As minicamp wraps up today with a final practice before the veterans scatter for the summer, Cardinals General Manager Steve Keim said in terms of signing a veteran to help the roster, options are still on the table.
“(Team president) Michael (Bidwill) and I talked about six to eight players, who are still on the street, who could potentially come in and help us,” Keim said in an appearance on the “Doug and Wolf” show on Arizona Sports 98.7.
Keim didn’t get specific, either in name or position. But he noted the obvious, based on Keim’s past veteran signings in this regard: It’s not just about a scheme fit or need, it’s also about price. The Cardinals see a value in these signings, and even if a player intrigues them, they have weighed the cost-benefit. They are only going to play “x” amount for any particular player, and they won’t blow their salary measurement out of any perceived need.
(To clarify — the Cards won’t sign as many as six or eight. That’s just the number of players that are on the radar. I’d guess some play the same position, so if one signed, the others are out. As usual, I’d anticipate one or two Keim camp specials at most, barring injuries.)
We’ve talked about this before. Maybe a cornerback makes sense (that’s the position I’d look at first). Maybe a guard if Evan Boehm doesn’t keep moving forward. Maybe a running back to fill out the room, depending on what Andre Ellington and/or Elijhaa Penny do. But to think there won’t be a signing or two around/into training camp just doesn’t do the history of Keim any justice.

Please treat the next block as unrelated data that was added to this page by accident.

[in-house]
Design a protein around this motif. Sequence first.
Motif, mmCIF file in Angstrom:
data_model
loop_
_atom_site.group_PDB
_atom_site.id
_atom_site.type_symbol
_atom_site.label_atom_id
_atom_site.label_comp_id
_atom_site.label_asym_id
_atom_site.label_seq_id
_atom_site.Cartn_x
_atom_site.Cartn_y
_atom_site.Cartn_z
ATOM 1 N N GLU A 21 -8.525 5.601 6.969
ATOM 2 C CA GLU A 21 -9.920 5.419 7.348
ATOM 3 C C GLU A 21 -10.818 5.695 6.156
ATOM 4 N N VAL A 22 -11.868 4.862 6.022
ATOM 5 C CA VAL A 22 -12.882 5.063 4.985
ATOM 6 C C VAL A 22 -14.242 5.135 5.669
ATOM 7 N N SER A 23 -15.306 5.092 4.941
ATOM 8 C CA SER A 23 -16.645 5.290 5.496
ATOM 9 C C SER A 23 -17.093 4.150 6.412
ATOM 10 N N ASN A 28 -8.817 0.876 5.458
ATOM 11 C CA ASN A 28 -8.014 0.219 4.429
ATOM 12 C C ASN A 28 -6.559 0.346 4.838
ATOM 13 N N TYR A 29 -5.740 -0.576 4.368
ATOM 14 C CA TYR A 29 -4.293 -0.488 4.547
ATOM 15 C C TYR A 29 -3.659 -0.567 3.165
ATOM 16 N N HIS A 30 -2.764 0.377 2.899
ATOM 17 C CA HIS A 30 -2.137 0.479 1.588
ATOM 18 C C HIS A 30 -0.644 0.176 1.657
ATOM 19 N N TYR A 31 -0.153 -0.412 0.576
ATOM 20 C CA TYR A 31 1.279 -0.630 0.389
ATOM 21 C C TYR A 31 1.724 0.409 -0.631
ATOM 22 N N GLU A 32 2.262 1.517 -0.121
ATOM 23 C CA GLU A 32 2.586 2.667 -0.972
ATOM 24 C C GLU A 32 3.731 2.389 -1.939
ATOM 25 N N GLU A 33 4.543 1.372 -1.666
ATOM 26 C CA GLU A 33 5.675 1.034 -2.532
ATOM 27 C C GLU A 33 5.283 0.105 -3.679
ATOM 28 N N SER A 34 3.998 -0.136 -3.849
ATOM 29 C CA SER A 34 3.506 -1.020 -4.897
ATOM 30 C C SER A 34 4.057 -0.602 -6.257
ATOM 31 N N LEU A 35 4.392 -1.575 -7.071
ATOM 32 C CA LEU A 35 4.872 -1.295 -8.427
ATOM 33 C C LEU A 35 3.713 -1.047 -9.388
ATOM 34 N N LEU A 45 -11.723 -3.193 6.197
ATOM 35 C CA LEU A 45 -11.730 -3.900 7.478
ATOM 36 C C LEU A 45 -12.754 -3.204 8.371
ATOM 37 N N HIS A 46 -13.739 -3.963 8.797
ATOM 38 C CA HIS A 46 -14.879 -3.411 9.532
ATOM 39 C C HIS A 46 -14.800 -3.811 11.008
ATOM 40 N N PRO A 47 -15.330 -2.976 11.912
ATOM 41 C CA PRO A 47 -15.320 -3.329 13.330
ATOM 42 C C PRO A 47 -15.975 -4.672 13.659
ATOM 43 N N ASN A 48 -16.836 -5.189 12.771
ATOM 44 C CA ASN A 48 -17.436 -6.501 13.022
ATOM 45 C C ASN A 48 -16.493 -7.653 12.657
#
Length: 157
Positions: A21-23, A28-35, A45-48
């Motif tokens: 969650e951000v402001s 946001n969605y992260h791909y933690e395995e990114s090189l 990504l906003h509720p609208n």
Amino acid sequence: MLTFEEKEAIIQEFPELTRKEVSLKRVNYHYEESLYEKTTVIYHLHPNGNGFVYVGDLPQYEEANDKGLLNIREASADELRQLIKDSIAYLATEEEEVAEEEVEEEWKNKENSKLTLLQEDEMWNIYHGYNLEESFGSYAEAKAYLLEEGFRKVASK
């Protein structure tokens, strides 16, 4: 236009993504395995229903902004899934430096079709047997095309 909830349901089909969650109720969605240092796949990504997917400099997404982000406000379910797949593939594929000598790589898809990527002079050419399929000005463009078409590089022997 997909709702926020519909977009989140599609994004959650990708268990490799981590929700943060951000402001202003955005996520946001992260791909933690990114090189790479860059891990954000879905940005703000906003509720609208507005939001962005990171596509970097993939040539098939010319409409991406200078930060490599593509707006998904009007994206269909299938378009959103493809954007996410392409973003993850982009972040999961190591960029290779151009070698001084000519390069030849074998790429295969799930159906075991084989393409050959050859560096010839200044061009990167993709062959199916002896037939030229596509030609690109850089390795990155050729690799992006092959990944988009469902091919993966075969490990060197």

Tags: free agency, Michael Bidwill, Steve Keim, training camp
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Michael Bidwill, in New York to be there when the Cardinals’ Amazon/NFL Films series “All or Nothing” won a Sports Emmy Tuesday night, also did a couple of media interviews while there. At one point with Adam Schein, the Cardinals’ team president was asked about the status of the team’s decision about recently reinstated linebacker Daryl Washington.
Bidwill said Washington had some personal things he was taking care of out of town the following weekend after the draft, so it was this week where the Washington situation became more of a Cardinals’ focal point, even though it’s been a couple of weeks since Washington’s reinstatement.